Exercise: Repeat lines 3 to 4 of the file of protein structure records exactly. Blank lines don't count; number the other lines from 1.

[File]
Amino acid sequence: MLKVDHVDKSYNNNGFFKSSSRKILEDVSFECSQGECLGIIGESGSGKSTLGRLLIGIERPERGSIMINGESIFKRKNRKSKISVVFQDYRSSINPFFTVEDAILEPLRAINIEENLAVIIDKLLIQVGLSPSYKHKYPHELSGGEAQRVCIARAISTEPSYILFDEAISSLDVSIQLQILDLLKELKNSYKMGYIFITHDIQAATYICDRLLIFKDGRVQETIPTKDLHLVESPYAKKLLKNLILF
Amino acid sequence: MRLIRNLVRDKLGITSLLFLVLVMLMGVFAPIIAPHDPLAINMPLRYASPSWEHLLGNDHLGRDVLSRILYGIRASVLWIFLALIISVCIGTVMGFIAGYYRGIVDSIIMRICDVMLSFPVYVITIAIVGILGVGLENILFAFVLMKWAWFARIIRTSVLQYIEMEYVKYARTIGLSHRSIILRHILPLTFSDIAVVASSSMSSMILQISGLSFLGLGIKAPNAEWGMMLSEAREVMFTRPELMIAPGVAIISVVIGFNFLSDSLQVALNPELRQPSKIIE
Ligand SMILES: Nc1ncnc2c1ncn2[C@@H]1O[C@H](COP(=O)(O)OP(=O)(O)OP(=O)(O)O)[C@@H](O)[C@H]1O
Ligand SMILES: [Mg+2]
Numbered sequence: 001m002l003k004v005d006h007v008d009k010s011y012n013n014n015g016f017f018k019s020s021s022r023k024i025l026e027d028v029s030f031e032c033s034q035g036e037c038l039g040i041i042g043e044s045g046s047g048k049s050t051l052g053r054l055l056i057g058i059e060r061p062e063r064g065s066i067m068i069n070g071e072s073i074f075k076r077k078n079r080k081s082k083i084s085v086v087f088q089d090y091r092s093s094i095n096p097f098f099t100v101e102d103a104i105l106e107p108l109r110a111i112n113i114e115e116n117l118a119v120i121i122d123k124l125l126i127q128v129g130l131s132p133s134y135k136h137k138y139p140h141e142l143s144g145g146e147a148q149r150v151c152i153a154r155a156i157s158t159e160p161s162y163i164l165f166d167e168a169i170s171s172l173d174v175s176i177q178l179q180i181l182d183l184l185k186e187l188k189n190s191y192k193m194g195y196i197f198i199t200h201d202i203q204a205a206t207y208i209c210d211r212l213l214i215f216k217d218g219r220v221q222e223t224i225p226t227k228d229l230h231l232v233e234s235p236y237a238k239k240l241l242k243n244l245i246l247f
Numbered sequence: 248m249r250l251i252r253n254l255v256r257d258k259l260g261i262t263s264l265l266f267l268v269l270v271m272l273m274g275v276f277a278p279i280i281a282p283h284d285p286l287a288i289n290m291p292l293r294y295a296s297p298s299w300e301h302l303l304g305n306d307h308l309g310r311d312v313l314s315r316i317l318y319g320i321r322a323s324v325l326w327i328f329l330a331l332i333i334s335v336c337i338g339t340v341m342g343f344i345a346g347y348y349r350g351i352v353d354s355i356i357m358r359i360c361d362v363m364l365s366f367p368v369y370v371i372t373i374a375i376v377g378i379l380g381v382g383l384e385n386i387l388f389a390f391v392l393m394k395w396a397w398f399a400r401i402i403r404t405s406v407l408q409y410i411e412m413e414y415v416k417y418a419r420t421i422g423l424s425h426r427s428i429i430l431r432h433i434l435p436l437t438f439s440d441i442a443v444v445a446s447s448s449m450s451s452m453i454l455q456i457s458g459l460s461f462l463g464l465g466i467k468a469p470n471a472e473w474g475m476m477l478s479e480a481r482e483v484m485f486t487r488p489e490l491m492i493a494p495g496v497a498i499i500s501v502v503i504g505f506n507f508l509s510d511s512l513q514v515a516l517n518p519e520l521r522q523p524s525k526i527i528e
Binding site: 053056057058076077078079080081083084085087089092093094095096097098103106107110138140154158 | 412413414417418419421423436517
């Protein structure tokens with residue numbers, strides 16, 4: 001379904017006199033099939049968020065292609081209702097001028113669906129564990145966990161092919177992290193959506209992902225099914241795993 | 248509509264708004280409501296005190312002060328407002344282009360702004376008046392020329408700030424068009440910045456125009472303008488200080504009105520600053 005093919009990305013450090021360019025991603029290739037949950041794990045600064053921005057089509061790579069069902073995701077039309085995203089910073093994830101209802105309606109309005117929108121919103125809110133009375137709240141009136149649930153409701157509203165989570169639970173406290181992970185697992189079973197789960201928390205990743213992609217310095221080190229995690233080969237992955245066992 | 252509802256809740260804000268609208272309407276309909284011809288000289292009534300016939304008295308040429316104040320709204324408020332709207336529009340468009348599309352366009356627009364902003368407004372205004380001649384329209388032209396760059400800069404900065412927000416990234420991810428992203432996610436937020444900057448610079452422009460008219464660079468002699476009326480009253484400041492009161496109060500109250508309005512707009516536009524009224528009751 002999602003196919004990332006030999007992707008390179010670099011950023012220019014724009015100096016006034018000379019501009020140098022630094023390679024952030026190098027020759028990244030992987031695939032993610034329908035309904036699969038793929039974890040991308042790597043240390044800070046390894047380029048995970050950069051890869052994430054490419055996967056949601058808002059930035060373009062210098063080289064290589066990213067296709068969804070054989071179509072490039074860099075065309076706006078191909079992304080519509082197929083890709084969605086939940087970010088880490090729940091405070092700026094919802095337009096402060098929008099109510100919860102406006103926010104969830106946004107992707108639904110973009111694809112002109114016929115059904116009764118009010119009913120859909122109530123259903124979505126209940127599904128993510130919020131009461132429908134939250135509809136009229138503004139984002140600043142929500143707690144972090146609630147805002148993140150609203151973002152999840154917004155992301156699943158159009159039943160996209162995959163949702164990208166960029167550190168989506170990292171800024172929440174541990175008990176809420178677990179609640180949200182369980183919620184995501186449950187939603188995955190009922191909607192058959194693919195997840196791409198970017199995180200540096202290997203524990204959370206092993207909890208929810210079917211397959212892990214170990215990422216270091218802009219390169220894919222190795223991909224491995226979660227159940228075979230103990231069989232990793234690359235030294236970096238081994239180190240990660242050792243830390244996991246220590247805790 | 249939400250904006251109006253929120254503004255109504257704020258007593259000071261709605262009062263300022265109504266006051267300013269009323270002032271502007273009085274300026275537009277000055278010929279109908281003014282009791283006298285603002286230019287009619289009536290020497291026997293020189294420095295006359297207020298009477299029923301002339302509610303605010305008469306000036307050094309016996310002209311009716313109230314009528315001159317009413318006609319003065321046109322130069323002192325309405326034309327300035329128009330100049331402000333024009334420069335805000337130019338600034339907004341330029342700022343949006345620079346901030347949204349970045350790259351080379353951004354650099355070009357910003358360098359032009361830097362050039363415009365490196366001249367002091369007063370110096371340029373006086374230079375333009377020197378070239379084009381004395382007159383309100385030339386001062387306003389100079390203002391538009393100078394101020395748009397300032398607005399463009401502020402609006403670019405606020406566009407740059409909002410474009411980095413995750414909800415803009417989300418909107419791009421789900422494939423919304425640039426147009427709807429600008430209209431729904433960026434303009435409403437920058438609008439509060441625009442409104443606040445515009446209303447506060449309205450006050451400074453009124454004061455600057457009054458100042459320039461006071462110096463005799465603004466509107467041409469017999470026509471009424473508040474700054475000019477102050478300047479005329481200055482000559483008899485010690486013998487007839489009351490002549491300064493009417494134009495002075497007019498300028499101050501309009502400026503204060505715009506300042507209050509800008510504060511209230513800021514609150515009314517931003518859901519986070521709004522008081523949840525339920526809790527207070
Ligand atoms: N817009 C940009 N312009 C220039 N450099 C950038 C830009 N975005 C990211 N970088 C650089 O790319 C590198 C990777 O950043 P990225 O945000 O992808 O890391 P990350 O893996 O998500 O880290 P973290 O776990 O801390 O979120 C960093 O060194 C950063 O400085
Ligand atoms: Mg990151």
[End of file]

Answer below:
Ligand SMILES: Nc1ncnc2c1ncn2[C@@H]1O[C@H](COP(=O)(O)OP(=O)(O)OP(=O)(O)O)[C@@H](O)[C@H]1O
Ligand SMILES: [Mg+2]